Photo Diary

Archive for February, 2008


Thursday, February 28th, 2008

P1010003.JPG, originally uploaded by michael_jecks.

Well, it’s all very well to call yourself an author, but sometimes it means you have to get out and test your descriptions. Last night my friend Andy and I went off to the middle of the moors, and tested my theories of what the moor looks and sounds like. Well, mostly, I learned, it sounds of animals which don’t sound familiar, helicopters from Gidleigh, and lots of rifle shots on automatic, from the Merrivale Range south and west.

But it also gave me some insights into the views you can get at night. Especially when it’s moonless. It was very dark indeed. In fact, I fell into the same hollow three times.

Without a camp fire (you can’t have fires up there because the soil’s all peat, and you’d start a fire that would be very hard to put out) the best thing to do is get to bed early. We did. And after trying hard, it was good to slip into sleep.

Only to be woken at about three in the morning when it began to rain.

Still, the tent (a new one) worked extremely well, the cooker was adequate, and hopefully I’ll be out on the moors one night per month to make sure I really understand Dartmoor properly!


Thursday, February 28th, 2008

P1010005.JPG, originally uploaded by michael_jecks.

Returning home from a night on the moors is delightful. After all, there’s the prospect of a warm home and hot tea. But when the mist comes down, as it did this morning, there’s the very real risk of getting lost. This picture, for example, should not have been seen. The track we wanted skirted round the western edge of Little Hound Tor, but somehow we ended up here, at the White Moor stone circle. Only a matter of fifty yards out of our way, I’d guess, but that’s enough to change your direction. Here, we had somehow managed to start heading east, rather than north.

It’s a proof of the need to always carry a compass with you while on the moors. You can never tell when a cloud will come down. Last time I was there without a compass, I could not see more than about ten yards, and it was impossible to tell whether I was climbing, descending, or walking on the flat. A very odd experience. And why I now always have a decent compass to hand when I walk up there.


Thursday, February 28th, 2008

P1010006.JPG, originally uploaded by michael_jecks.

There is something very pleasant about wandering over the moors in the fog. Admittedly now, as I type this, I’m suffering from chronic leg-failure, and I’m very glad to be sitting at my desk, not wandering about the moors still! However, it’s a very special place, made more so by these signs of our ancestors’ efforts. This site is at the top of the peat-cutters’ track, an ancient pathway that leads from South Zeal, round the edge of Cawsand, and on to Round Tor. Well worth a visit, but you do need waterproofs. And a compass, as mentioned above.


Tuesday, February 12th, 2008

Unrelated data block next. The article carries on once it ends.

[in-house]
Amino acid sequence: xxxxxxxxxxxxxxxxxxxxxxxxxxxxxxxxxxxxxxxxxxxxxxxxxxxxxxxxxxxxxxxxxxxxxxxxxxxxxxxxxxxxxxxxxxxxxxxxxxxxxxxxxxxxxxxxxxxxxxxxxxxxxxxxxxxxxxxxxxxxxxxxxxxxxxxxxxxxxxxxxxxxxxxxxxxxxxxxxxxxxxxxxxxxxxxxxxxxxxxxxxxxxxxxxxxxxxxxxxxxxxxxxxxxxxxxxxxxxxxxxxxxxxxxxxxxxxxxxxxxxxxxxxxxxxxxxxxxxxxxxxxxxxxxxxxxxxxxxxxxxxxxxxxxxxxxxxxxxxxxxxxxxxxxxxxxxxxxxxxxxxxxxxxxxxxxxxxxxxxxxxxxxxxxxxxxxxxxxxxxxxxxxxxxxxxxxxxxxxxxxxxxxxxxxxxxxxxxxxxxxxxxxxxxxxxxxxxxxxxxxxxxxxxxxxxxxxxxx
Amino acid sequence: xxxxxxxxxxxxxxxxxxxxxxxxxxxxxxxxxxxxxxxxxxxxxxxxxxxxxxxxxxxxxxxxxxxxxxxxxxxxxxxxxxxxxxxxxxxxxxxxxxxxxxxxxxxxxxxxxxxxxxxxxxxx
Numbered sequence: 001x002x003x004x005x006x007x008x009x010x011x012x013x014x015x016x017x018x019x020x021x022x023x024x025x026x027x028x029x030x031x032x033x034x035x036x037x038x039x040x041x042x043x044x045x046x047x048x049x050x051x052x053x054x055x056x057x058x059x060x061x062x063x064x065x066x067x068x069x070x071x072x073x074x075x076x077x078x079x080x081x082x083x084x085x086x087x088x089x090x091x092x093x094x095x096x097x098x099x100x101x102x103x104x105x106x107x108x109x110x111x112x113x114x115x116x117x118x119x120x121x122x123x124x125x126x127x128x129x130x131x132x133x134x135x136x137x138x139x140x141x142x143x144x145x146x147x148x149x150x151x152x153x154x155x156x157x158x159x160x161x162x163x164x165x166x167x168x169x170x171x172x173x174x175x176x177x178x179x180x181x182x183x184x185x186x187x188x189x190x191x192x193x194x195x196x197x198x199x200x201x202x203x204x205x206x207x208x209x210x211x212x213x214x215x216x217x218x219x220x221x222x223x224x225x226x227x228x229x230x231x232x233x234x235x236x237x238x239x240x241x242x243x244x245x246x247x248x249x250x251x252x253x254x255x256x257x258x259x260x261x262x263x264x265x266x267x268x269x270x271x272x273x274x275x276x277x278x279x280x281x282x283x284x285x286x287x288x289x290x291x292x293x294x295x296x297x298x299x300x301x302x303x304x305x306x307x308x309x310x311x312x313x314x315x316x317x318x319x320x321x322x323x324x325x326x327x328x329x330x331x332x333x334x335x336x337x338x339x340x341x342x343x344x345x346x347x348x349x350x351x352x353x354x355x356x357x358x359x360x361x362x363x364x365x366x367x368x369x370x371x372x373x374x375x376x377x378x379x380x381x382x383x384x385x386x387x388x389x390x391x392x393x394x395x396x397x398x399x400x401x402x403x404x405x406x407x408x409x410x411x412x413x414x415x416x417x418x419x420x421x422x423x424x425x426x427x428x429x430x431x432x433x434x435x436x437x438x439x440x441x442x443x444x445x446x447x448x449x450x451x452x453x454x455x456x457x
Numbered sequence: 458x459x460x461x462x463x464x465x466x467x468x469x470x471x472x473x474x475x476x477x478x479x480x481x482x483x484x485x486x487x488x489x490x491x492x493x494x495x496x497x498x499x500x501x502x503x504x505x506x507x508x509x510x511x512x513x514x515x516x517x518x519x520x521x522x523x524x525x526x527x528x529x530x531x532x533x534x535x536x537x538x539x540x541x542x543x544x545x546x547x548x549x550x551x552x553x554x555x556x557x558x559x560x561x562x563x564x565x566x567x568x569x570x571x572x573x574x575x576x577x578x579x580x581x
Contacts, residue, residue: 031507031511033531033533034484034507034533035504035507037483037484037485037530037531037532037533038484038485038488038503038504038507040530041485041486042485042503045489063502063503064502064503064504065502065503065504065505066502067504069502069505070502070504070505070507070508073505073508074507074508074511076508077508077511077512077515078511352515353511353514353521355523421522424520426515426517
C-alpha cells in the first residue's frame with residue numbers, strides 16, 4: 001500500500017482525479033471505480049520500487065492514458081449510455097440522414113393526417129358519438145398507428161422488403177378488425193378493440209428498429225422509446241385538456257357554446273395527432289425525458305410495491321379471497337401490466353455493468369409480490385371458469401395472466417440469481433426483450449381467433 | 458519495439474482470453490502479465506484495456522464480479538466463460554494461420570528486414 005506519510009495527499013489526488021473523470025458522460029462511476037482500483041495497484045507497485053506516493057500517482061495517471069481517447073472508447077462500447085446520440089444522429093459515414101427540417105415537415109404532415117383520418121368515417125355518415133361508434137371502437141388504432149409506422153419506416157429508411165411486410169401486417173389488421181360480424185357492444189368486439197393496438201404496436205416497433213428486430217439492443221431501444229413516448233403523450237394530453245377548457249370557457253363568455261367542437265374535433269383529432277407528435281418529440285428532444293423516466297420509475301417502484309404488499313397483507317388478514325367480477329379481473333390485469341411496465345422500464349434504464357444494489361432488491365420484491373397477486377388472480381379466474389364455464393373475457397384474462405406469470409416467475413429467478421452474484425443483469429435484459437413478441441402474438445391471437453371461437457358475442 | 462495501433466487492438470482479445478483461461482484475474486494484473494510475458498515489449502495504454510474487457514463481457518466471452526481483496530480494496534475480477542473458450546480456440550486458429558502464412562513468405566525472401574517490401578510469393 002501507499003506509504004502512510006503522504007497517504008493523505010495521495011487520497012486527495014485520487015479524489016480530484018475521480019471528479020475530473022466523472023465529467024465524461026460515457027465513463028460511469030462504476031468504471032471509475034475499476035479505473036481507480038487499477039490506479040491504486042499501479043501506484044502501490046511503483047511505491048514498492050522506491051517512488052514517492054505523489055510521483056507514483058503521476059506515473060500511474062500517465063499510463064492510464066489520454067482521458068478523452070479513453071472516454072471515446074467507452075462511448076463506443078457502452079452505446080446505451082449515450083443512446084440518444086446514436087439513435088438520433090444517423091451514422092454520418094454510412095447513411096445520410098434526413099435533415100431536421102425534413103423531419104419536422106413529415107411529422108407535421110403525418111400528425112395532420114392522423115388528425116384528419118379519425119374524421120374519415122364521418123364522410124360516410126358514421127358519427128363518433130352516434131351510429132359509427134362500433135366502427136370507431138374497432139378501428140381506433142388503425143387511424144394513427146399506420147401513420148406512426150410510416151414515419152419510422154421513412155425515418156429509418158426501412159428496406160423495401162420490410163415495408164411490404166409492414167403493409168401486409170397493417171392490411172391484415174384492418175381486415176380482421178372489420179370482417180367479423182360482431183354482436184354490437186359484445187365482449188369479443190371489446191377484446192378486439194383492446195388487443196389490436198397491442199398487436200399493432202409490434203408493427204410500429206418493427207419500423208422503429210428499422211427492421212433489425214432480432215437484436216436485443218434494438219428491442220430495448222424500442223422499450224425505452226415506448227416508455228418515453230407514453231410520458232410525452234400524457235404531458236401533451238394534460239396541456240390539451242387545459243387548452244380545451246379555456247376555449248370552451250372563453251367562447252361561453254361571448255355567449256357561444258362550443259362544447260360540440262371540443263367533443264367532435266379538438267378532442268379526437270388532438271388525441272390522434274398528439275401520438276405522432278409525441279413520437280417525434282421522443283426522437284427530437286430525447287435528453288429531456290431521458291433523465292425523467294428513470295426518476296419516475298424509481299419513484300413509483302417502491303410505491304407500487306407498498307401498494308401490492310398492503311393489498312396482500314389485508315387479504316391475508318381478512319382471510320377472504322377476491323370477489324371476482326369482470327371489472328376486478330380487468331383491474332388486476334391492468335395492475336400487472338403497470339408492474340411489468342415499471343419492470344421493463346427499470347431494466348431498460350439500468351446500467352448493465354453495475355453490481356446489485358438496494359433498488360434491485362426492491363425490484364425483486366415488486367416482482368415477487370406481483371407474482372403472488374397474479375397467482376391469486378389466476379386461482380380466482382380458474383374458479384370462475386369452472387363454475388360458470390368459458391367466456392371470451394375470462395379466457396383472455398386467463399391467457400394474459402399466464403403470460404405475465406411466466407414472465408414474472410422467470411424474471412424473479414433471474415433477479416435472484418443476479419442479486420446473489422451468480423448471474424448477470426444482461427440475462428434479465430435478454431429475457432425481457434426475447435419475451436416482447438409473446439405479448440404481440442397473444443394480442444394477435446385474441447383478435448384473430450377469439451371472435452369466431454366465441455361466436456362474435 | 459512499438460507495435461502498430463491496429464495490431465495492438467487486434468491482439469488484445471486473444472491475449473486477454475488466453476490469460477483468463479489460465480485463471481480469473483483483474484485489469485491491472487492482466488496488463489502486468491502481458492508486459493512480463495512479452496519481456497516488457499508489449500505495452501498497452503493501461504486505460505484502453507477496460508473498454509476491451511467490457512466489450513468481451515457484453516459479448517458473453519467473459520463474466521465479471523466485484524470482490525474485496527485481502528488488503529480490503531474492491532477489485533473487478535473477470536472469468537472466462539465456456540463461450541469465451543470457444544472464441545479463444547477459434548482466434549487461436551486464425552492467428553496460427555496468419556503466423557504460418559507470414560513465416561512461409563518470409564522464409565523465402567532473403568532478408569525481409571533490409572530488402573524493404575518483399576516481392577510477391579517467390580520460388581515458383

DSC_0027.JPG, originally uploaded by michael_jecks.

The last week has been lovely. Gorgeous weather, and clearly the robins are getting frisky. They don’t realise that there’s a fair wait until Spring. Sadly the seasons are all so mucked up now, that there are some songbirds which are mating already, which may well spell disaster. With any luck a cold break will make them realise their error before they lay their eggs and see them freeze.

Meanwhile, life’s getting interesting. Last week I was contacted by my credit card firm, to ask why I’d suddenly started using it. And only for transactions to Italy. Well, the short answer was, I hadn’t. And so the two and a half thousand pounds which had gone through my account was nothing to do with me. After a short discussion they agreed to reimburse me for the money. Makes you wonder how much cash is actually stolen, though. And today I was told that only a tenth of the money was actually returned to my account! So I cancelled the card and burned it, along with the PIN number. I don’t think I can afford to have that worry.

Because worries there are a-plenty just now. The amount which is paid to authors is reducing here in the UK. There’s no competition in bookselling, so the publishers are forced to ever lower margins and ever smaller payments to most of their authors. Oh, the very top guys still get fortunes, but ninety percent of authors are now seeing their incomes reduce – and by significant amounts. There are many authors who’ll have to jack in writing completely. The retailers really are killing the geese that lay their golden eggs.

I am increasing the number of talks I give. It means less time to research and write, but it is at least one way of getting more cash into the bank and paying the mortgage. I just have to try to write faster and win over more readers. Life is not getting any easier, sadly!

So – if you know of any film producers who’re keen for a medieval story, please point them in my direction. Any money gratefully received!

For more photos like this, go and look at where there are many more shots of Dartmoor in the winter.